I am not sure what to expect, as we make our way along winding roads through stunning forests in Croatia. I am visiting our Conserving Bears programme, and the team have highlighted the fact that there is a bear orphanage about an hour away. Intrigued, yet apprehensive about what we will find there, I agree to visit the Kuterevo Bear Orphanage. My default stance on sanctuaries is one of scepticism. A stance based on the multitude of wildlife sanctuaries that do not exactly prioritise the best interests of the animals in their “care”.
We arrive in Kuterevo, a small, quaint village. It can be found in the mountainous area of Velebit. We then make our way to the bear orphanage. It is clear that the bears are the main attraction in the village. Especially so since the bear orphanage opened in 2002. I keep my expectations low and my mind open as we pay our entry fee in a small wooden cabin lined with bear conservation posters and photographs. Along the pathway to the bear enclosures, we greet a few staff who are all preparing a feast of fruit for the bears.
Our guide takes us on a tour of the bear enclosures, and I am pleasantly surprised by their large sizes. The habitat inside the enclosures is natural – grassy areas, plenty of trees and bushes, fallen logs and areas for the bears to remain out of sight should they not be in the mood for company. Some of the enclosures are even inter-leading via tunnels underneath the fences, and the bears can choose which enclosure they feel like being in. Coming from Africa, bears are not a species I am familiar with, and I feel quite excited when I spot our first bear! Then a few appear out of the bushes, and a couple of them are quite curious as to who their new visitors are. They look healthy and are energetic and playful.
I am curious as to why there are bear orphans, and our guide explains that it’s primarily due to loss of habitat through deforestation and general human encroachment. Female bears are often scared off by the sound of the chainsaws or are scared off from homesteads, causing them to panic and go into hiding, with their cubs being abandoned in the process. Two of the eight bears here have been rescued from zoos that were not able to provide the proper care that the bears needed.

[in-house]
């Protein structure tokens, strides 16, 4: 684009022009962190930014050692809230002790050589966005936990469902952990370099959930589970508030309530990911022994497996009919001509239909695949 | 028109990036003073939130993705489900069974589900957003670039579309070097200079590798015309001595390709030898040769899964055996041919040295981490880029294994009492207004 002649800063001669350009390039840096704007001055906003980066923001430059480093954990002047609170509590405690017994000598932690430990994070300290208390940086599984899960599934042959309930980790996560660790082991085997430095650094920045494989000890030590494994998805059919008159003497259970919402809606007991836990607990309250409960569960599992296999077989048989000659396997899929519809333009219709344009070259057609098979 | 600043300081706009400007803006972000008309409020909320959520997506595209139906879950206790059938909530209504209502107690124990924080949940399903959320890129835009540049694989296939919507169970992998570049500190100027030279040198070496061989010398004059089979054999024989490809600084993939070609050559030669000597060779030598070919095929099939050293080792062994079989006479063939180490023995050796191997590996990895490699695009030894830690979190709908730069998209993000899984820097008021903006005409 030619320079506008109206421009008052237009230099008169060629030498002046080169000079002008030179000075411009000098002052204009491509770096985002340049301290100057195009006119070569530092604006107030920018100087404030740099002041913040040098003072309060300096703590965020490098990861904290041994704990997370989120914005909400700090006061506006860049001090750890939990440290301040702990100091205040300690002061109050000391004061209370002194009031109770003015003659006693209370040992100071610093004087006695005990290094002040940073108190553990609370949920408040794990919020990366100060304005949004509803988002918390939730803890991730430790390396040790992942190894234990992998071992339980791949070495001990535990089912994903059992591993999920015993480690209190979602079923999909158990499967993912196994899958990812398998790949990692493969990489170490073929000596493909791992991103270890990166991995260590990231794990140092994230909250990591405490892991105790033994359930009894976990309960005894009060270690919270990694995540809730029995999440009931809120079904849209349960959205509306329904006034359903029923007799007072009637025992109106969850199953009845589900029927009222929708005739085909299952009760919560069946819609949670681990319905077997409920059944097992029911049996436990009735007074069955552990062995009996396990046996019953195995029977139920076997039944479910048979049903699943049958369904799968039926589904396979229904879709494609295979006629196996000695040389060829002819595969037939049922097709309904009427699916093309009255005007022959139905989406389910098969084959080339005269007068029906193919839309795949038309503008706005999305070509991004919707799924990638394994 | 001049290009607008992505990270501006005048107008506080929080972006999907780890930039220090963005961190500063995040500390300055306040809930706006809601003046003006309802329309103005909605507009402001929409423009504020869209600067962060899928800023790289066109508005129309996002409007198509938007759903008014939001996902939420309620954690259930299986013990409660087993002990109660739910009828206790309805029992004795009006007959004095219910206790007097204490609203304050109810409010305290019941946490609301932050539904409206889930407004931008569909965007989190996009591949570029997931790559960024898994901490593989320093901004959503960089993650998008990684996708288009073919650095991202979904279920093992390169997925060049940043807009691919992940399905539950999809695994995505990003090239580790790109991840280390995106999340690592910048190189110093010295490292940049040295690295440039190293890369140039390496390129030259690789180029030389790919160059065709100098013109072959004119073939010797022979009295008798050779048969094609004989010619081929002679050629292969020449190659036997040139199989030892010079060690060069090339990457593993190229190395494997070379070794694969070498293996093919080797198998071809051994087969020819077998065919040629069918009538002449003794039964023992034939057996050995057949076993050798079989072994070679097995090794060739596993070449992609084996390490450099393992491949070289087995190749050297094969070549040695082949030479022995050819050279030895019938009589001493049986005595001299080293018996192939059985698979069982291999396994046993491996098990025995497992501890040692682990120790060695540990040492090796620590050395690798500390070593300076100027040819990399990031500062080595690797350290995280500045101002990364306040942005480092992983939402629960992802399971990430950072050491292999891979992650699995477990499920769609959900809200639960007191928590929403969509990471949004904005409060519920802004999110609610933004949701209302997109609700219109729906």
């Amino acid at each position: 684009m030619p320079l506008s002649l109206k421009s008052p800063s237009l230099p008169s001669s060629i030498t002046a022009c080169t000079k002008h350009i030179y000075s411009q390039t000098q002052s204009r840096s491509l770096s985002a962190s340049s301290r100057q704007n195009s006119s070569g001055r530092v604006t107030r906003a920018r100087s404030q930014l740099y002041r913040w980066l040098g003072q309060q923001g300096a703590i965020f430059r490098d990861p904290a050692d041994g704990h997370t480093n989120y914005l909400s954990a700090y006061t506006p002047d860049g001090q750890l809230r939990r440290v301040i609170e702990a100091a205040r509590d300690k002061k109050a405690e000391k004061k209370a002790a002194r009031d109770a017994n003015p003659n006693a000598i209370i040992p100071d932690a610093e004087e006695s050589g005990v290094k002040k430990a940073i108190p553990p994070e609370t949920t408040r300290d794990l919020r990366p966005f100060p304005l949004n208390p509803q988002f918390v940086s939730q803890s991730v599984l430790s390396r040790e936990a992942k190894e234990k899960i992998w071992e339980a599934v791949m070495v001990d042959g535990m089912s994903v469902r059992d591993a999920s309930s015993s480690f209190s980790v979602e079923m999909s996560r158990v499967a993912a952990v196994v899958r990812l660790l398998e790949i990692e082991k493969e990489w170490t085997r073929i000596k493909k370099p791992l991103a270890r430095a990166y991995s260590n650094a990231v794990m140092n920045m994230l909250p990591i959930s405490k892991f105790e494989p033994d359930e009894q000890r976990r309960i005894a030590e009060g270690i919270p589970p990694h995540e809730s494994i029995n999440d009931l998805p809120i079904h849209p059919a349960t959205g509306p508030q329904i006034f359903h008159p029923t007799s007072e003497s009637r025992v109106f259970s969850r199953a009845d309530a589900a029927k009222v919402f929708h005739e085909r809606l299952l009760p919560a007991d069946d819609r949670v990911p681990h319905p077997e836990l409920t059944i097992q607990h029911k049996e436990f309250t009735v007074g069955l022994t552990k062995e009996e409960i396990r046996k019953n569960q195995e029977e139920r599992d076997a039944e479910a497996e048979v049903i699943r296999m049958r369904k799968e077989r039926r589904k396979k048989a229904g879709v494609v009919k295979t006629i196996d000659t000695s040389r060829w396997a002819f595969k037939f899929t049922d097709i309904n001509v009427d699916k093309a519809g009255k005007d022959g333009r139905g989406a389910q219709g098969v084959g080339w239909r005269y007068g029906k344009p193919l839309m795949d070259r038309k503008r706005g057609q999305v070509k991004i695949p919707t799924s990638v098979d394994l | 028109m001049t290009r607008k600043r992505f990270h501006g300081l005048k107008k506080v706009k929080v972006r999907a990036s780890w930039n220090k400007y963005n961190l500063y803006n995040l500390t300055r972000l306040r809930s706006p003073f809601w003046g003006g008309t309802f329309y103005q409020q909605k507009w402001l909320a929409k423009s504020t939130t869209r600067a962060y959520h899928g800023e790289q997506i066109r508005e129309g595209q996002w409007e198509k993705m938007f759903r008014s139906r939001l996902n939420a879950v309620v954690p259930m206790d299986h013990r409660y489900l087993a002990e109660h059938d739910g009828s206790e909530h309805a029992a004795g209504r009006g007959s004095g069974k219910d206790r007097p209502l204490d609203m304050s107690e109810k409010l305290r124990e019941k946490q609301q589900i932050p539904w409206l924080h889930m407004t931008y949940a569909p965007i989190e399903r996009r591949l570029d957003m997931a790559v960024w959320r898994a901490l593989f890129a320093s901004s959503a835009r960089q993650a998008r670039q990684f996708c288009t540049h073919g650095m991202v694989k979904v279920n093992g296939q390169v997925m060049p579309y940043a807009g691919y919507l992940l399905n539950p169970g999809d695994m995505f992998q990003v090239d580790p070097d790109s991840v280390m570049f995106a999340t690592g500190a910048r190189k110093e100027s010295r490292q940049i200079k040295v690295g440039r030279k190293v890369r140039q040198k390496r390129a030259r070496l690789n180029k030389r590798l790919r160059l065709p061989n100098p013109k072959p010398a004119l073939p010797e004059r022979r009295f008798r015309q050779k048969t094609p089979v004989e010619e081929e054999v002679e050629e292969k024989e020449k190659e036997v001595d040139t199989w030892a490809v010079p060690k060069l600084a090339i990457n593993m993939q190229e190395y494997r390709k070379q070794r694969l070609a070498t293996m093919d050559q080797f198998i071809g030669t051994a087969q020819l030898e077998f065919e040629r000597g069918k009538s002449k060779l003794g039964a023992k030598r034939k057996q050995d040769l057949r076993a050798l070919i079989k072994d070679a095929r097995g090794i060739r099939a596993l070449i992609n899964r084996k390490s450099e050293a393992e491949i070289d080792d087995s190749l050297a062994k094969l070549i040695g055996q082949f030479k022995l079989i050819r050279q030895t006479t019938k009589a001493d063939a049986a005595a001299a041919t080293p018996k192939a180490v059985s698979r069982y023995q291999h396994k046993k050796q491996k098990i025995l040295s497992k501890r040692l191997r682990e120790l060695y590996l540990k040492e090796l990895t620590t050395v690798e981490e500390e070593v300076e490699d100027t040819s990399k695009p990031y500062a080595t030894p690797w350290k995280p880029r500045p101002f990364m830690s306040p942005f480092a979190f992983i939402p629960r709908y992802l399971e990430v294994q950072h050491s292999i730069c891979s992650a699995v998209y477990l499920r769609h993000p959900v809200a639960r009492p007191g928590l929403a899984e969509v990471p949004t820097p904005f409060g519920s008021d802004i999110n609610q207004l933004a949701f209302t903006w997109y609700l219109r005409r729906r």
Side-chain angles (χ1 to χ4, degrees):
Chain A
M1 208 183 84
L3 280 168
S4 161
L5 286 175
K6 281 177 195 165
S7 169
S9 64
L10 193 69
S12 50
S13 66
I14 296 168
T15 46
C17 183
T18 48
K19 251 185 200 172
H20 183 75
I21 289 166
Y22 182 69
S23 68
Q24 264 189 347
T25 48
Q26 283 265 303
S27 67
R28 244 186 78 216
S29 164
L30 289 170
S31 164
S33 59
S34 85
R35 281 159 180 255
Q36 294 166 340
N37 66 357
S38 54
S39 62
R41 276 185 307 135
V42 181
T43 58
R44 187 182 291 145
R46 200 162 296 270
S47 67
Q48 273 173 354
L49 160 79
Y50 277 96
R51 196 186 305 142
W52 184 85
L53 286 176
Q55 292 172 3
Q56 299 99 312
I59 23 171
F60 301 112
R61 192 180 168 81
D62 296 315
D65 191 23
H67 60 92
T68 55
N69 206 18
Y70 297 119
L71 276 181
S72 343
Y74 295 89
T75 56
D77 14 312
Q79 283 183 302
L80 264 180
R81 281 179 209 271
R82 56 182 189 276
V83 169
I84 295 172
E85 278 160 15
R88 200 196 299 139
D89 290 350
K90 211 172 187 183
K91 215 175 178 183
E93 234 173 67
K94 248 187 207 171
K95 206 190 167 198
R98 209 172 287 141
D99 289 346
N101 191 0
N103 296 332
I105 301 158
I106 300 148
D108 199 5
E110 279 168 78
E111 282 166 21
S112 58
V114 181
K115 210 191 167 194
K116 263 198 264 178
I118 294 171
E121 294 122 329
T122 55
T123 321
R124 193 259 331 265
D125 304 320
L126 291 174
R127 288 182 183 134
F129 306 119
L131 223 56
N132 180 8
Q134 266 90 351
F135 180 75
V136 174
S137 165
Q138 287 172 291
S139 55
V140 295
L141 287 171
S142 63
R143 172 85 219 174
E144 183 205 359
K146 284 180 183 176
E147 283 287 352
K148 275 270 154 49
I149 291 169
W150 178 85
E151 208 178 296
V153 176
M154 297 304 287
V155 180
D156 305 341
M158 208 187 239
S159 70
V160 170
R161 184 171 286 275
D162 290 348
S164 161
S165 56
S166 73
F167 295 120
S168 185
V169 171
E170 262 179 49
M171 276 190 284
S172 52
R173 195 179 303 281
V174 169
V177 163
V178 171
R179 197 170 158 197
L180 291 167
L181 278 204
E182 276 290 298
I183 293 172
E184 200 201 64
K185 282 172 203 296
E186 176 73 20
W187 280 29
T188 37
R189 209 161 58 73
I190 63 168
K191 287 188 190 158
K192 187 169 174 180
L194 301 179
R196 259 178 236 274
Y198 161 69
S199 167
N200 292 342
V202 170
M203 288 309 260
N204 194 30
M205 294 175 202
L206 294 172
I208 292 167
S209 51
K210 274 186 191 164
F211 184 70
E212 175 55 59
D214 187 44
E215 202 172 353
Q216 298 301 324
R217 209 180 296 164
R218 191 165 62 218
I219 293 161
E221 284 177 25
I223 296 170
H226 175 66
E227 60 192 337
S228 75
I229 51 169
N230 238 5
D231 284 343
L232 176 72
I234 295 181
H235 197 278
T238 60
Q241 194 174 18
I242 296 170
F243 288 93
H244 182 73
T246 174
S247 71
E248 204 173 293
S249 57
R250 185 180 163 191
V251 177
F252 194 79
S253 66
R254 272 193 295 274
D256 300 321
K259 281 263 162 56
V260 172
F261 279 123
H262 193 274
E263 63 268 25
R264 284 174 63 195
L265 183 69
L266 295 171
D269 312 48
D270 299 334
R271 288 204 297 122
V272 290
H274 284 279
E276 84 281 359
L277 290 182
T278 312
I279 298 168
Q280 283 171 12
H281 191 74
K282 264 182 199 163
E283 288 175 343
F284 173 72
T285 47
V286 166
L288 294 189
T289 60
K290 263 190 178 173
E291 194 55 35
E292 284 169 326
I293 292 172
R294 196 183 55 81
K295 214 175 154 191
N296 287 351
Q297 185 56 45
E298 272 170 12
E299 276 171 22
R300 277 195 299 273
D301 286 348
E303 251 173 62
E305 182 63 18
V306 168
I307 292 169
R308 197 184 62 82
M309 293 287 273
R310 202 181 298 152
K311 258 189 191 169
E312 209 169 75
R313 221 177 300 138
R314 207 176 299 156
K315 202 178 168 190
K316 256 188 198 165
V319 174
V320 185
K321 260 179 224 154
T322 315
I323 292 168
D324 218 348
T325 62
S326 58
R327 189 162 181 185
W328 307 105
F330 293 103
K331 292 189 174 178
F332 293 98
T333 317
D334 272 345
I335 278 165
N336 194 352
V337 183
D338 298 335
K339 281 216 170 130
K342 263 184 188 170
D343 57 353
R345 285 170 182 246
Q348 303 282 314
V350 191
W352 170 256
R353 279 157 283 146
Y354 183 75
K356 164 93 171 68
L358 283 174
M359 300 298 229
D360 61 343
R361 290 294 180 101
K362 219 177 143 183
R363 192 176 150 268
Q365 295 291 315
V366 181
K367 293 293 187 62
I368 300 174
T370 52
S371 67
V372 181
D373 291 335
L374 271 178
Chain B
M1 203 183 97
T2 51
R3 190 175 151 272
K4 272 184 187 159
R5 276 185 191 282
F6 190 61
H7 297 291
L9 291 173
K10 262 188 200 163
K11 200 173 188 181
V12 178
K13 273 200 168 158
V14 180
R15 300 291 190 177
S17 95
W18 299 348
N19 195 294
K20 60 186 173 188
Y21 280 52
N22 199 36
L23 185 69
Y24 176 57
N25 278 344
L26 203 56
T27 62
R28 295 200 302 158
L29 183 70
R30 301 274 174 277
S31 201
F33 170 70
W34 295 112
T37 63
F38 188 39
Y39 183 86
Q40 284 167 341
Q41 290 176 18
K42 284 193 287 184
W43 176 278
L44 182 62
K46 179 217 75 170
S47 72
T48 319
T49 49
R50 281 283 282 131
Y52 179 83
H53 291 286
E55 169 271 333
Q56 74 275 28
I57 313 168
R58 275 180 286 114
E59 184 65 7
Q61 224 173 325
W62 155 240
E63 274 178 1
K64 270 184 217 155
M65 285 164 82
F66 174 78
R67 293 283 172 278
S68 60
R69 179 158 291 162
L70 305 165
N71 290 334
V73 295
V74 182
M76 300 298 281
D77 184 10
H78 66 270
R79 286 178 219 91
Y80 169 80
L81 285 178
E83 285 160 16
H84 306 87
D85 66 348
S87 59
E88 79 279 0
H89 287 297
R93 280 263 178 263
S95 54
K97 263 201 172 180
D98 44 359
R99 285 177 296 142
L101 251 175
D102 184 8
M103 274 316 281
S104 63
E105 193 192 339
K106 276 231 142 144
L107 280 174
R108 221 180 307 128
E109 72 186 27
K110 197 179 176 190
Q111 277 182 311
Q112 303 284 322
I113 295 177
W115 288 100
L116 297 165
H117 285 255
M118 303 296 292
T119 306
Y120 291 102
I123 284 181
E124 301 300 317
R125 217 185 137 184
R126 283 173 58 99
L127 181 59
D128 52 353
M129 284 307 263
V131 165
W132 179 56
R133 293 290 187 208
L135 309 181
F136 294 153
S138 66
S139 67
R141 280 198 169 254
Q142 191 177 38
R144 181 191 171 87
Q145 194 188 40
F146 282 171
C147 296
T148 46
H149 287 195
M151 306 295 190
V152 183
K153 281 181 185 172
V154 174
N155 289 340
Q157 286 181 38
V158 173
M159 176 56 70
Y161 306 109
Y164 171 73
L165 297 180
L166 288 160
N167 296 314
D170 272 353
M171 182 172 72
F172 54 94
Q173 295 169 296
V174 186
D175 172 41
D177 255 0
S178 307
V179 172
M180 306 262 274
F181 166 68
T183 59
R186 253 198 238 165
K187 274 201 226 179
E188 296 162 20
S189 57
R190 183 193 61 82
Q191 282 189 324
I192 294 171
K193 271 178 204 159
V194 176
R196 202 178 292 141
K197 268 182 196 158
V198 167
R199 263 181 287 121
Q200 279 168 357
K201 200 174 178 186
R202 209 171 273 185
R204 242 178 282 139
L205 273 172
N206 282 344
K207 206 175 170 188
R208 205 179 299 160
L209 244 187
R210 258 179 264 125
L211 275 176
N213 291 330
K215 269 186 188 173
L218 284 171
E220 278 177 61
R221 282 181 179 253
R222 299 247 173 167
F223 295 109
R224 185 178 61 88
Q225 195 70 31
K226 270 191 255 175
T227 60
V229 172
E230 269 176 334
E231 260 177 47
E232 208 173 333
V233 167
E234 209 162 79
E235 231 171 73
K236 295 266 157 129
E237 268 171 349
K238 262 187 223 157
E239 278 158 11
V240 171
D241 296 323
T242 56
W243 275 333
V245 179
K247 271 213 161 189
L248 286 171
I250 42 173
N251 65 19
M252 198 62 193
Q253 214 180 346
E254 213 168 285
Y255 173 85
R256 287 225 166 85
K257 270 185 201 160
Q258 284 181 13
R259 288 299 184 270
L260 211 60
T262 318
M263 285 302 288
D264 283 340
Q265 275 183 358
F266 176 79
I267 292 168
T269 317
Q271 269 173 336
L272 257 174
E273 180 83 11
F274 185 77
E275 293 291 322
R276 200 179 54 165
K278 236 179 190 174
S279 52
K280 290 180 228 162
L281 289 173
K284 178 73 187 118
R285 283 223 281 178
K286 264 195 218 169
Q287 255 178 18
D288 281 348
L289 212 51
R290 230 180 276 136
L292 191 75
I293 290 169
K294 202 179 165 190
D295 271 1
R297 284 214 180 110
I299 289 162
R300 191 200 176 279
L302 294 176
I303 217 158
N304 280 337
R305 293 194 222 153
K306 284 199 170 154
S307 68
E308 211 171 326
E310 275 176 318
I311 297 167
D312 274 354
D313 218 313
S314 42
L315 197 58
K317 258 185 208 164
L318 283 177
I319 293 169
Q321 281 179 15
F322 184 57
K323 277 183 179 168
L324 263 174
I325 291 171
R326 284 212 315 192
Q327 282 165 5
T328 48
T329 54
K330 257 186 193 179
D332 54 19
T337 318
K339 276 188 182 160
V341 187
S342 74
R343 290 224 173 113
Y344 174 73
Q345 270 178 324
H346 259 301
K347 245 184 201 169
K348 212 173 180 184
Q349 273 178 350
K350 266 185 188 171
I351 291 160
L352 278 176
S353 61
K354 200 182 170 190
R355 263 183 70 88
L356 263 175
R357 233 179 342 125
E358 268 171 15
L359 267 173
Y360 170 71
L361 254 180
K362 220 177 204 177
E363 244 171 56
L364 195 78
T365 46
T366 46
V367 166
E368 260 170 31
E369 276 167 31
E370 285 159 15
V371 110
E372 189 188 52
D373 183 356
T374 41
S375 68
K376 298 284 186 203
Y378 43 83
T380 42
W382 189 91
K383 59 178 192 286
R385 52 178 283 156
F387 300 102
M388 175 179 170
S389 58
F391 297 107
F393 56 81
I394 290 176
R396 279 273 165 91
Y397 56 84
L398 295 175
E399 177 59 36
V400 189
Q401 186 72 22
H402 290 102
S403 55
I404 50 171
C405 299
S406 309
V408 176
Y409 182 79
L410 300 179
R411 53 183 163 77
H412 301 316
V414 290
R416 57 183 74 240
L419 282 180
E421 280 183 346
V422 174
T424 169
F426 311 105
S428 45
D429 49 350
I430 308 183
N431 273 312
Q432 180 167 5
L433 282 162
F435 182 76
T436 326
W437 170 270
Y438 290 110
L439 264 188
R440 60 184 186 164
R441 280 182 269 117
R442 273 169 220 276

We leave the bear orphanage, and I feel happy for the bears there that have been given a second chance. Even though they cannot be released back into the wild, they now have a great forever home where their needs are taken care of. They also serve as ambassadors for their species, the Brown Bear, helping to highlight the challenges they face and inspire change.
On the last evening of my visit to Croatia, we are making our way back to Linden Tree through Velebit National Park when we see a wild Brown Bear cross the road ahead – what an unexpected treat! There are only about 1000 bears in the wild in Croatia. Even though the Brown Bear’s range has shrunk and it has even faced local extinctions, these bears remain listed by the IUCN (International Union for Conservation of Nature) as a species of least concern. Due to their total world population of around 200,000. I hope their status is reviewed, encouraging better protection for them.
Linden Tree Retreat and Ranch is a base camp, and has been described as a magical place in the middle of nature. Which is indeed true as it is nestled in the UNESCO Velebit Mountain Biosphere Reserve. Not our typical volunteer camp, visitors book on a per night basis rather than our usual minimum of two weeks. The team also presents our Wilderness on Horseback adventures – which is enjoyed by several of our equestrian school groups.
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By Taryn Ingram-Gillson, Conservationist and Worldwide Experience Director